Additionally, taking more traditional amenities and making them customized became very popular, such as adding built-in amenities within a pool, including sunken seating, swim-up bars, lazy rivers and water slides.
Challenges of the Outdoors in Differing Climates
Some challenges Danny has faced on his custom residential projects around the world include getting familiar with the differing building codes and fuel sources within different areas as well as dealing with the differing weather conditions. His main takeaway is don’t be afraid to ask questions.
“What I’ve been doing is consulting with people who are local, [asking] how do you guys do this [when I’m not sure], and they’ll give you how they do it from both [a design and construction standpoint],” says Wang.
When it comes to dealing with differing weather conditions, Danny has been successful in finding ways to pivot plans to incorporated solutions to counteract these conditions. “If there’s going to be 100mph winds, [I suggest] let’s do an indoor pool. I it’s a colder climate, [adding] outdoor heaters [allows you to] heat it up so warm that it feels like the indoors.” Some examples of ways he has been able to pivot plans to incorporate solutions that counteract these challenges include adding fixed outdoor heaters, adding heating tubes under driveways to melt and clear snow, and adding retractable walls to outdoor areas.
New Opportunities in Designing Residential Outdoor Spaces
When blending indoor spaces to the outdoors, there has been an advancement in the design of materials that can be used within both spaces by manufacturers.
“One of the things that has changed a lot since say, 5 years ago, is now they’re making porcelain tiles so durable and so realistic looking and indestructible”, says Wang. “That’s kind of of been my go-to versus using natural stone because now when you put them side-by-side, you can’t really tell the difference.”
He notes some additional products that have seen advancements in the past few years including outdoor heaters, outdoor lighting, outdoor audio, outdoor televisions, and the integration of smart home systems for outdoor products.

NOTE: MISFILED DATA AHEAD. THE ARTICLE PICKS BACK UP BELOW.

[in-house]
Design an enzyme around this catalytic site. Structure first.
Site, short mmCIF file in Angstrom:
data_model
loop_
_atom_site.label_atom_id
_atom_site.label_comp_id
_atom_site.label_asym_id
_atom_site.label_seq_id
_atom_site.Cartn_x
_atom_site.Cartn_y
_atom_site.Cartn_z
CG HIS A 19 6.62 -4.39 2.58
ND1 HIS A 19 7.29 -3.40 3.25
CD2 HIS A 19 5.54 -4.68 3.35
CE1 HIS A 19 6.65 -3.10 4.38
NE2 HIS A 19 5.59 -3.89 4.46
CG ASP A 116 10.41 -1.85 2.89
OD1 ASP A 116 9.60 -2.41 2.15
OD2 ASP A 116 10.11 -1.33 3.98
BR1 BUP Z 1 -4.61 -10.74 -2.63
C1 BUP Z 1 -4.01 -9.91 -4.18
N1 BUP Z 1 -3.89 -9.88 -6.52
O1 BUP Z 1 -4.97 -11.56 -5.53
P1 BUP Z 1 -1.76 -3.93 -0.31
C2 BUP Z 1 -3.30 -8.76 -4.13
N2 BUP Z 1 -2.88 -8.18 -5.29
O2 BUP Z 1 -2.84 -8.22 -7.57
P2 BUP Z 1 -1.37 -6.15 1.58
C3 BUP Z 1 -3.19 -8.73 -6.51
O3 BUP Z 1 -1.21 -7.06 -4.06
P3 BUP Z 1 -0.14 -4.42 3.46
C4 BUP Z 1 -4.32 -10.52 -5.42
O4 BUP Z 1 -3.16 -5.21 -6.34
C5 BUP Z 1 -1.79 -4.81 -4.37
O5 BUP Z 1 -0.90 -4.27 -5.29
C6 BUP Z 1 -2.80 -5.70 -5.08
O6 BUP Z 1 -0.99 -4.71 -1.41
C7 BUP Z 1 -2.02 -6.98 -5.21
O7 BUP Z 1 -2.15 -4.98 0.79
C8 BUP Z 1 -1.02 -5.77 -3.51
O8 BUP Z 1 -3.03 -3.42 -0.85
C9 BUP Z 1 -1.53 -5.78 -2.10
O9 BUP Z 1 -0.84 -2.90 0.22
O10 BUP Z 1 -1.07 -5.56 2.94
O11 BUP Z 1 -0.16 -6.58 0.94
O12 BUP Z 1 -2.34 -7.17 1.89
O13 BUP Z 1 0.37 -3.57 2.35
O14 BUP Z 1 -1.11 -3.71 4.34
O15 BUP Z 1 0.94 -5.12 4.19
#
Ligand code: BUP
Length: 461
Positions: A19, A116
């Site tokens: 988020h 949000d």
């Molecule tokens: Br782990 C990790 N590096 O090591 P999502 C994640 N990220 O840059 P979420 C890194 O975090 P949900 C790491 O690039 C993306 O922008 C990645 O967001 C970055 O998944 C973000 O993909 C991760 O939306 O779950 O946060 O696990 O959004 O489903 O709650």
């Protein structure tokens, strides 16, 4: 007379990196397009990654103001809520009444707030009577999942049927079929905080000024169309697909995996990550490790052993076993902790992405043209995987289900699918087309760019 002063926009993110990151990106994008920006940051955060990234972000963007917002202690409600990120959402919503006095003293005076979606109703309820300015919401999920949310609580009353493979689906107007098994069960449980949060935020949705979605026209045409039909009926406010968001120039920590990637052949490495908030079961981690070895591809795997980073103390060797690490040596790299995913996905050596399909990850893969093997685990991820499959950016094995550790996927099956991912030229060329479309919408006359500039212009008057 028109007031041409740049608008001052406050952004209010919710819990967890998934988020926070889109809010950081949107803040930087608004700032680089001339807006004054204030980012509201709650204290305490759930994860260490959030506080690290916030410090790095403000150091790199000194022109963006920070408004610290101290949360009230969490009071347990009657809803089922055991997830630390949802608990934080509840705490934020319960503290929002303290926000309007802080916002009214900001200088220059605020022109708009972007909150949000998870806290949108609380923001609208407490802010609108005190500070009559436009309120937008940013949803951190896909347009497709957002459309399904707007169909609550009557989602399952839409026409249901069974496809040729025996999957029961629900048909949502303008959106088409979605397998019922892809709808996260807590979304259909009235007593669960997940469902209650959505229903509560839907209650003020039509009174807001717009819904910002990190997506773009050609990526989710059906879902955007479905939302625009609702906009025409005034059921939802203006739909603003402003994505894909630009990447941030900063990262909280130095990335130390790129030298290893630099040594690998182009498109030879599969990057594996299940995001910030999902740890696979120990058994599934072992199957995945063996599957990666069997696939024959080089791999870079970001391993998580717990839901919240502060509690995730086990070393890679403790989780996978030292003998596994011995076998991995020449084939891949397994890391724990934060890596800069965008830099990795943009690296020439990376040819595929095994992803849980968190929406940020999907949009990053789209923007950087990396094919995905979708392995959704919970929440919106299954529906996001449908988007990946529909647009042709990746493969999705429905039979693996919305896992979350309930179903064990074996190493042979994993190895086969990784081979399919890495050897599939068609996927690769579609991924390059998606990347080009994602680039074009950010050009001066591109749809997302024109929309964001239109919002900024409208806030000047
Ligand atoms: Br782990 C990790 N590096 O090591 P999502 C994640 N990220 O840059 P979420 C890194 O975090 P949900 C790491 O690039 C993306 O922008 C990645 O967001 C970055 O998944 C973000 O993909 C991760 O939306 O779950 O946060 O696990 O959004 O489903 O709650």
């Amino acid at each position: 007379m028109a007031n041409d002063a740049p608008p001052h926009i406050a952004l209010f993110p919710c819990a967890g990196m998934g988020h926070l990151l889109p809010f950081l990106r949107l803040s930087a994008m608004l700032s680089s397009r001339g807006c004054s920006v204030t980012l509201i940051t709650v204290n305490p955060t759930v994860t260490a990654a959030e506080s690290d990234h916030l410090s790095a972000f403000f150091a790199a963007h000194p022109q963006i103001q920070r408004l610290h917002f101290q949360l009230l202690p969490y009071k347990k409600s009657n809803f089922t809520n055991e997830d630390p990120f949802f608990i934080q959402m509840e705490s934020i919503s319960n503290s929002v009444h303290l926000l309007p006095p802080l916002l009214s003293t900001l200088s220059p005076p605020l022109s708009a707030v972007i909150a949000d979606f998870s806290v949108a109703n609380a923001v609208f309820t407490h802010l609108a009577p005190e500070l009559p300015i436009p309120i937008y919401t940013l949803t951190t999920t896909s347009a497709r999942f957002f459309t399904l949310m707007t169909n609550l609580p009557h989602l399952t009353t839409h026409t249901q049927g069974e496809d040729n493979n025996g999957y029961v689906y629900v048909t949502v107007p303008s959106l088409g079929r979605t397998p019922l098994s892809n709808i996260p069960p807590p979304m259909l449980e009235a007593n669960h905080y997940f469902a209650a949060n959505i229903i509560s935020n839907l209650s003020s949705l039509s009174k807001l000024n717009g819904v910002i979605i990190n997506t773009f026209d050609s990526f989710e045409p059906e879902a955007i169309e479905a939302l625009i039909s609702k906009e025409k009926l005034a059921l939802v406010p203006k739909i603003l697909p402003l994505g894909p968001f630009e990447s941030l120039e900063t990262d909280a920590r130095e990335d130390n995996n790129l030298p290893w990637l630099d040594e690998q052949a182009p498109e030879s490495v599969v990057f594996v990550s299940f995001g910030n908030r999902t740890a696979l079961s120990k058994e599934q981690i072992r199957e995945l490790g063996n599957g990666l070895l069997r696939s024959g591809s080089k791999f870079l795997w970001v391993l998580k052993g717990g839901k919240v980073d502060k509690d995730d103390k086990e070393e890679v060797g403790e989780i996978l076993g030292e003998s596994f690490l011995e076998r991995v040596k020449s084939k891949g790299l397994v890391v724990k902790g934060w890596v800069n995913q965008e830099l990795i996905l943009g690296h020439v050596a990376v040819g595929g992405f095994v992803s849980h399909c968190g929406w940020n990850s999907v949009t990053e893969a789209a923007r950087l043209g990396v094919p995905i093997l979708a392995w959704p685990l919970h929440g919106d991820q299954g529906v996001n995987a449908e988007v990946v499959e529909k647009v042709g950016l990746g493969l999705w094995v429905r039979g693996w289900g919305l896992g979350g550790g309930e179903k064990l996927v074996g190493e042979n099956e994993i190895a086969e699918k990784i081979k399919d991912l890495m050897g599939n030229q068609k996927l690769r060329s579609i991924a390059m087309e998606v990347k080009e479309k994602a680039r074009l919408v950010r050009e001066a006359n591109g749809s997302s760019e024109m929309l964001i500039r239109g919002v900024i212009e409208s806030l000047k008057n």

“One good example is Bromic Heaters. They’re very clean and sleek looking, and some of them have integrated LED lights in them so they become more functional than just having [a heater] with two red tubes across [or] a gas heater that gives off little flames”, says Wang. “I think that’s an advancement in design [that separates Bromic from their competition].”
He concludes, “I think one of the things that’s interesting about all the different products, the heating, the speakers, the TV’s, and even the tile, most of it is about being able to integrate it within the project without really seeing it there. This movement has kind of pushed people to say hey, you know what, I want the outdoors to look nice, I want the outdoor speakers to sound nice, I want this, I want that, and it just pushes the bars [that were] traditionally here [for these products].”
Redefining Modern Living
In the conversation between Danny Wang and hosts of Archispeak Podcast, Evan Troxel and Cormac Phalen, we’ve uncovered the evolution of custom residential design—where indoor and outdoor spaces seamlessly blend into a harmonious living experience. From his journey as a General Contractor turned Principal Designer at DW Design and Build, to the surge in demand for personalized outdoor amenities like pickleball courts and ice plunge areas, Danny’s insights shed light on the shift towards integrating the outdoors into our homes. Join us on our podcast episode to delve deeper into Danny’s world, exploring the art of crafting spaces that erase boundaries between indoors and outdoors, redefining modern living. Listen now to discover the magic of creating your own indoor-outdoor sanctuary.